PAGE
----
The seventh block of the 2016 Quilt Extravaganza is here—I’ve named it Making Waves–it’s an unexpected yet whimsical block. Use the Carefree Curves Template to create the shapes easily and without setting in any curved seams.
Have you selected fabrics and created the strata for your 2016 Block of the Month? Check out the details in the January 9 blog. I encourage you to use as many scraps from your stash as possible. I’m using bright and neutral fabrics in this quilt.
All blocks for 2016 will be created from pieced fabric strata. Read more on this blog post.
Block #7: Making Waves
- One neutral fabric strata
- One bright fabric strata
- Bright and neutral strata scraps from previous month’s blocks
- Lightweight fusible interfacing
- Point 2 Point Turner
- Trace ‘n Create Carefree Curves Template Set (Wagon Wheel and Fan Template)
- Monofilament thread
- Fine tip non-permanent marking pen
Cut the following fabric and interfacing pieces:
- From each bright and neutral strata cut two 12-7/8″ x 12-7/8″ fabric squares (background).
- Mark and cut each square in half on the diagonal.
- From previous month’s scraps, find a neutral and bright strata piece slightly larger than the Wagon Wheel and Fan Template, about 9″ x 5″
- Cut four strips of interfacing approximately 9″ x 3″.
Create the Waves
- Place the Wagon Wheel and Fan Template over the wrong side of each fabric strata.
- Trace the right and left sides of the 12″ arc and 10″ arc with a fine tip marking pen.
- Using rotary cutting tools, trim the right and left side at the marked line.
- Pin the smooth side of the interfacing strips to the right side of the fabric along the 12″ arc.
- Straight stitch, using a short stitch length, 2.0—2.5, directly on the marked curve.
- Use a rotary pinking blade to remove excess fabric.
- Remove the excess interfacing from within the arcs, leaving approximately 1″ of interfacing.
- Turn the interfacing to the wrong side.
- Use a turning tool to smooth the curves.
- Pin the smooth side of the interfacing strips to the right side of the fabric along the shorter 10″ arc.
- Straight stitch.
Build the Quilt Block
- Pin arcs to backgrounds aligning the cut edges.
- Edgestitch with monofilament thread.
- Position the right and left sides as they will look when the block is finished.
- Carefully fold the right side onto the left. Line up the waves at the diagonal seam.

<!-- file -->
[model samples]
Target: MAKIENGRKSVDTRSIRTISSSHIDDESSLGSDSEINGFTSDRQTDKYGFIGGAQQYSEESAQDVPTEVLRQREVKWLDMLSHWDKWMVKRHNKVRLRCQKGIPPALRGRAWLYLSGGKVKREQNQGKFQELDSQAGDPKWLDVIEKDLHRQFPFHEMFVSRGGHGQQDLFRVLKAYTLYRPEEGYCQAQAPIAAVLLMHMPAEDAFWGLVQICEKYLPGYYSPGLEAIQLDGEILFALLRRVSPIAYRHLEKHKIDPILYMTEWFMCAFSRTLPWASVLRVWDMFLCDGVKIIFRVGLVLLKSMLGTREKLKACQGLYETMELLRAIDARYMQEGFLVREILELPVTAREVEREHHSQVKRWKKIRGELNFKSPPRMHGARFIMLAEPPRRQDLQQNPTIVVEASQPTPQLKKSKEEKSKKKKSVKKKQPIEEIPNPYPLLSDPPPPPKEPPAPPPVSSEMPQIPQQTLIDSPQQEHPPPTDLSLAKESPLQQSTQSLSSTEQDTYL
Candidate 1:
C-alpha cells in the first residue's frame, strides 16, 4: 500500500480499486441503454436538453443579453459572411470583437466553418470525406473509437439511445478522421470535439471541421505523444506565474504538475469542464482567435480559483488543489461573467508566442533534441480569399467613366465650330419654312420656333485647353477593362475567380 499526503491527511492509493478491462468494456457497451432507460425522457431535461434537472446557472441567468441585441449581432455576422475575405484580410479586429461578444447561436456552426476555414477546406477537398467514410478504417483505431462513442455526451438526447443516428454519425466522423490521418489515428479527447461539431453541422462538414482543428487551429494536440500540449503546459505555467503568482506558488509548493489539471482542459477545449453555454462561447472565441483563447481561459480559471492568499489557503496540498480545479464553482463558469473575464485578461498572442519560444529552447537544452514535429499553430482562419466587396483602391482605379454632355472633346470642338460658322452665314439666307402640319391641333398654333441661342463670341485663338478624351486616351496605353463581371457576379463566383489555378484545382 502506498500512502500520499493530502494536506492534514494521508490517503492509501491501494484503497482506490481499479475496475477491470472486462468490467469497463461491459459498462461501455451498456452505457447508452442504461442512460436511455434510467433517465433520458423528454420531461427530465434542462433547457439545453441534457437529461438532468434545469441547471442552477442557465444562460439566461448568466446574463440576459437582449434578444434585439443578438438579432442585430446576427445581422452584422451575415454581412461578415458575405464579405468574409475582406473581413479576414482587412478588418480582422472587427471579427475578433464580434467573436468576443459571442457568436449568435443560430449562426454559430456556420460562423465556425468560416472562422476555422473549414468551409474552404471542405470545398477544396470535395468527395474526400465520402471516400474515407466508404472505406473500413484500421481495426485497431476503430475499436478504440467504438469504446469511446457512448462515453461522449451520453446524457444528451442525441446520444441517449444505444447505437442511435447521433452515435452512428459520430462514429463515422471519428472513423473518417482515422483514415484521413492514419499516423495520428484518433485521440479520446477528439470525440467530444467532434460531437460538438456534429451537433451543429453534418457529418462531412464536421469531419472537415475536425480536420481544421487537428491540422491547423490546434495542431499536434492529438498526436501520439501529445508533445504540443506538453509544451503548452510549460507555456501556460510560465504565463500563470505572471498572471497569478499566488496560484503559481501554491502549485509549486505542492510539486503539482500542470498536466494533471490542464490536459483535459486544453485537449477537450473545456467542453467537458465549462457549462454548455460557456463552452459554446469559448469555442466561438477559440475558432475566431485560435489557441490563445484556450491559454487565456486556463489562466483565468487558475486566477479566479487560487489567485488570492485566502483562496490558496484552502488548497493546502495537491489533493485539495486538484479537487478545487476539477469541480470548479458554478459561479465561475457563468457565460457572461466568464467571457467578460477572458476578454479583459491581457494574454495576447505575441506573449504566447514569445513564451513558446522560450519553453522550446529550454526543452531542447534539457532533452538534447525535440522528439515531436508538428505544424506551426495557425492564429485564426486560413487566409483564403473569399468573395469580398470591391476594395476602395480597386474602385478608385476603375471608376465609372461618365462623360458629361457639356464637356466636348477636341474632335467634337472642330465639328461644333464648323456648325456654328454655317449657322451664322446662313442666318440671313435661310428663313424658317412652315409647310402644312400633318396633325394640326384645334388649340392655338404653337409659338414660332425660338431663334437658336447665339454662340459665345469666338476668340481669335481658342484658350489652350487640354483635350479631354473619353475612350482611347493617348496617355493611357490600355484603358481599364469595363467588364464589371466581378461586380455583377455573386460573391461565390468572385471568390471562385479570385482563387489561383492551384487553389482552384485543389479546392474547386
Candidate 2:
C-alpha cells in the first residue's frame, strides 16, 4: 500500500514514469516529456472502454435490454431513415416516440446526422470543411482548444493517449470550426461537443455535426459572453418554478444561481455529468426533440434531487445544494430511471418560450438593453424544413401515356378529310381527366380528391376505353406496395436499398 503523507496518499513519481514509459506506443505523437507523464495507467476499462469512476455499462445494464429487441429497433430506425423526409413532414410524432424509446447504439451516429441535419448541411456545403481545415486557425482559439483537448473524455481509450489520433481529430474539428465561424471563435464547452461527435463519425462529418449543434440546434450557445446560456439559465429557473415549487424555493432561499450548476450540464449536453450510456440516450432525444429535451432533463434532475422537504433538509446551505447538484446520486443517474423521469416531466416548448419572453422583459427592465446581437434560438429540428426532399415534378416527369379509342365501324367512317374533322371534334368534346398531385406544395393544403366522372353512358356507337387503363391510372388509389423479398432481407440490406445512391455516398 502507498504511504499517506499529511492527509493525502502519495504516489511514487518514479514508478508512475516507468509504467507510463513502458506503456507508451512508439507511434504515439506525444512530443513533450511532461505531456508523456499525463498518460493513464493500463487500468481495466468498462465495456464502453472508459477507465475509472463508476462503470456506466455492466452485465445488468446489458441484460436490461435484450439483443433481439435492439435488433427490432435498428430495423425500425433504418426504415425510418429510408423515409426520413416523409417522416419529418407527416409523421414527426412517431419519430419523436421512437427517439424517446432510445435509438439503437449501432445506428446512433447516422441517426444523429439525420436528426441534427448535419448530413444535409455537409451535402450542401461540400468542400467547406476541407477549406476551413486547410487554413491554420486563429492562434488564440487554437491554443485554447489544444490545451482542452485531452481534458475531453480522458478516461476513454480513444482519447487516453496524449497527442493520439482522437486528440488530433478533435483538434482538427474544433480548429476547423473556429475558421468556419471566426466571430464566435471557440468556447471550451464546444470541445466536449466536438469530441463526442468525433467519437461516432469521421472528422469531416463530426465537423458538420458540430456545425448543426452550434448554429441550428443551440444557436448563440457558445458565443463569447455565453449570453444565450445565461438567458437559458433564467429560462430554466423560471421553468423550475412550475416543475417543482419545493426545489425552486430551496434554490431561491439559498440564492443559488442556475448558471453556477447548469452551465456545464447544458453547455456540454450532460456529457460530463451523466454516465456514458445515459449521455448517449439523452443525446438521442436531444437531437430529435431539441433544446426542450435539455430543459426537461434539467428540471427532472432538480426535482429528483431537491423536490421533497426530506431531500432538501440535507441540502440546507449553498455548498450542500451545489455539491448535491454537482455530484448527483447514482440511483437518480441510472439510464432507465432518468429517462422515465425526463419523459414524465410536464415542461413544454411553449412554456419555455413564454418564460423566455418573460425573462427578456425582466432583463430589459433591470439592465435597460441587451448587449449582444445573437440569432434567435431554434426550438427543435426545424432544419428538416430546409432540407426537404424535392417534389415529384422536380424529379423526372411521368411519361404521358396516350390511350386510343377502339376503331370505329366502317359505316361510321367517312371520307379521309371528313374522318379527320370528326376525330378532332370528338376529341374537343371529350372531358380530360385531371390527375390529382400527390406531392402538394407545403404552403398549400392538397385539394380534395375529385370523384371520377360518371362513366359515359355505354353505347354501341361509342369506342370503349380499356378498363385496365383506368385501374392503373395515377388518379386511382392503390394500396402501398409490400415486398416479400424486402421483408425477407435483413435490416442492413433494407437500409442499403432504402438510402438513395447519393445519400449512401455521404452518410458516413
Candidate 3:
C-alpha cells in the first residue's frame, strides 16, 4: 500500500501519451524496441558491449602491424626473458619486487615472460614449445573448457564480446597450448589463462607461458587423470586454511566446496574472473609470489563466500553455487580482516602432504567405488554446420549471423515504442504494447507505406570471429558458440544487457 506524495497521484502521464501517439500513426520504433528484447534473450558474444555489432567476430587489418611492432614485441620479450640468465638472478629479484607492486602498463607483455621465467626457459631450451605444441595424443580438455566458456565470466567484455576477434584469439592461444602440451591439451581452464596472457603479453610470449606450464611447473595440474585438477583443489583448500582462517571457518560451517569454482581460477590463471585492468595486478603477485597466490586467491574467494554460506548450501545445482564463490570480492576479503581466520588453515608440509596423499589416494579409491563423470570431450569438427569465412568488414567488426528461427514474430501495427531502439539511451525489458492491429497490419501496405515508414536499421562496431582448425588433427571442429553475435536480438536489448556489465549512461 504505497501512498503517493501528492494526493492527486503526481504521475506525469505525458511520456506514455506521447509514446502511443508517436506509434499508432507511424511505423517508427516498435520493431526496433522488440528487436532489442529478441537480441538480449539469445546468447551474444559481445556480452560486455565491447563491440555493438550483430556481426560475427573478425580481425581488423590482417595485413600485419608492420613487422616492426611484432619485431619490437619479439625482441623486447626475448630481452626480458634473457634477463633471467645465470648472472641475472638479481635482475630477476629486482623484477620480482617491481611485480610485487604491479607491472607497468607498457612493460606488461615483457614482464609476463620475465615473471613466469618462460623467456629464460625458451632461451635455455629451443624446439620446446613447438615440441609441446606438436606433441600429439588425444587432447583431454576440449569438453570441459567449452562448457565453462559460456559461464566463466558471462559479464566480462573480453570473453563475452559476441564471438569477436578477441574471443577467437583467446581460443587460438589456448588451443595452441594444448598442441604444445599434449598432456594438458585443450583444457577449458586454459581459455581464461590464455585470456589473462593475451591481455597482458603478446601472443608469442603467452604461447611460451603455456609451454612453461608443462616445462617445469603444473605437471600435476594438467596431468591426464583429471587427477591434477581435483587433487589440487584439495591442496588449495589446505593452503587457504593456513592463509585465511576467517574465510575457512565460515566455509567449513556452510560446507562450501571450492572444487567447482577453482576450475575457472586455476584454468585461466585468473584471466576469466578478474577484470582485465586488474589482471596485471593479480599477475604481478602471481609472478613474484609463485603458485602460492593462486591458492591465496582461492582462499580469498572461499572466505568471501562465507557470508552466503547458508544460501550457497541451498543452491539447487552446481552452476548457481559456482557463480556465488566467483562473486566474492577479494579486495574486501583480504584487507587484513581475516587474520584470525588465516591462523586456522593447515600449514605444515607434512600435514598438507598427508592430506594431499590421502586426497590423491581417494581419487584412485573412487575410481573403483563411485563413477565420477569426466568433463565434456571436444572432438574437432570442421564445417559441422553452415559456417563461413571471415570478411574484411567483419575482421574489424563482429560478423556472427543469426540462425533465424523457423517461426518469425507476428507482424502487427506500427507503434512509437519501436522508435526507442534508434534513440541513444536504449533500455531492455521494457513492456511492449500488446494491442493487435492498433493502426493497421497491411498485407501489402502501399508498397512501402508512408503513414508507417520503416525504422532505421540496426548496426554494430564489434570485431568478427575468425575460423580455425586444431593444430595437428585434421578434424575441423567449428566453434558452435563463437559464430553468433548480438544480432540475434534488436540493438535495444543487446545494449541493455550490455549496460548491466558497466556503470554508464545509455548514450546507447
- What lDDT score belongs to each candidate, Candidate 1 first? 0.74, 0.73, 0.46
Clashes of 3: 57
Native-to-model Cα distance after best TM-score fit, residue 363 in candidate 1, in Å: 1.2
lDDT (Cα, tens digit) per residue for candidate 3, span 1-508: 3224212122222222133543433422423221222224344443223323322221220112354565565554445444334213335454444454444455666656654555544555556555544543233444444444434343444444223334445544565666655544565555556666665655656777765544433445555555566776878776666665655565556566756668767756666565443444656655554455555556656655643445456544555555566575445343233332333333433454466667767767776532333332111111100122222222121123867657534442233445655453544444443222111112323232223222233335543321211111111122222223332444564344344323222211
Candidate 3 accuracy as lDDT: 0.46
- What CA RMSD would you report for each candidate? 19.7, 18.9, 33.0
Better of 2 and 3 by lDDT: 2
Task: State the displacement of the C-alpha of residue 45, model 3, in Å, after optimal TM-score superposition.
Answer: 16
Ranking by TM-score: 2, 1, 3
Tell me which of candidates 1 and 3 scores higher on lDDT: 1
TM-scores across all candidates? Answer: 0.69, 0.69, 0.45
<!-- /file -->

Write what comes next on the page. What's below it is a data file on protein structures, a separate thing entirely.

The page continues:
- Use a 1/4″ seam allowance to join.
- Press seam allowances flat to set the seam.
- Press seam open.
Note from Nancy: This block will have unavoidable bulk in the seam allowances. To really flatten the seams, press with steam and then apply even pressure using a wooden Tailor’s Clapper while the fabric is warm. It’s magic!
- Ta-dah! Another block is complete.
What would a Quilt Look Like?
Suppose we were to make a quilt using only this one block style, what would it look like?
- This first digital concept is a table runner made from five Making Waves blocks. To create a continuous wave look, three blocks are created using this exact tutorial and two blocks were made with the diagonal line pointing in the opposite direction.
- The second digital concept quilt builds on the table runner’s opposing diagonal lines to create an entire wave quilt. Find more information on creating a pieced border in my book Fearless Quilting Finishes.
- The last digital quilt features the block, as created in the tutorial. It is rotated 90 degrees and set in a basic quilter’s grid, 6 blocks by 8 blocks. A group of four blocks appears to create a circle hiding behind wedges.
Watch Quilt with Carefree Curves (Part One and Part Two) on Sewing With Nancy online.
Sew and Share
Send in a photo of your blocks and quilts and we’ll share with others in upcoming blogs and on Facebook. I’d really like to see what fabrics you’re using! Send the images to firstname.lastname@example.org
I enjoyed reading all of your ideas about where to use appliqué alphabet embroidery designs from last week’s blog on embroidering baby bibs. The random winner of a Carefree Appliqué Alphabet Embroidery Design Collection is Cindy Schultz. She said: “You could use it to make a birthday banner with the child’s age and name. You could also make different holiday banners using the appliqués.” Great ideas!
Bye for now,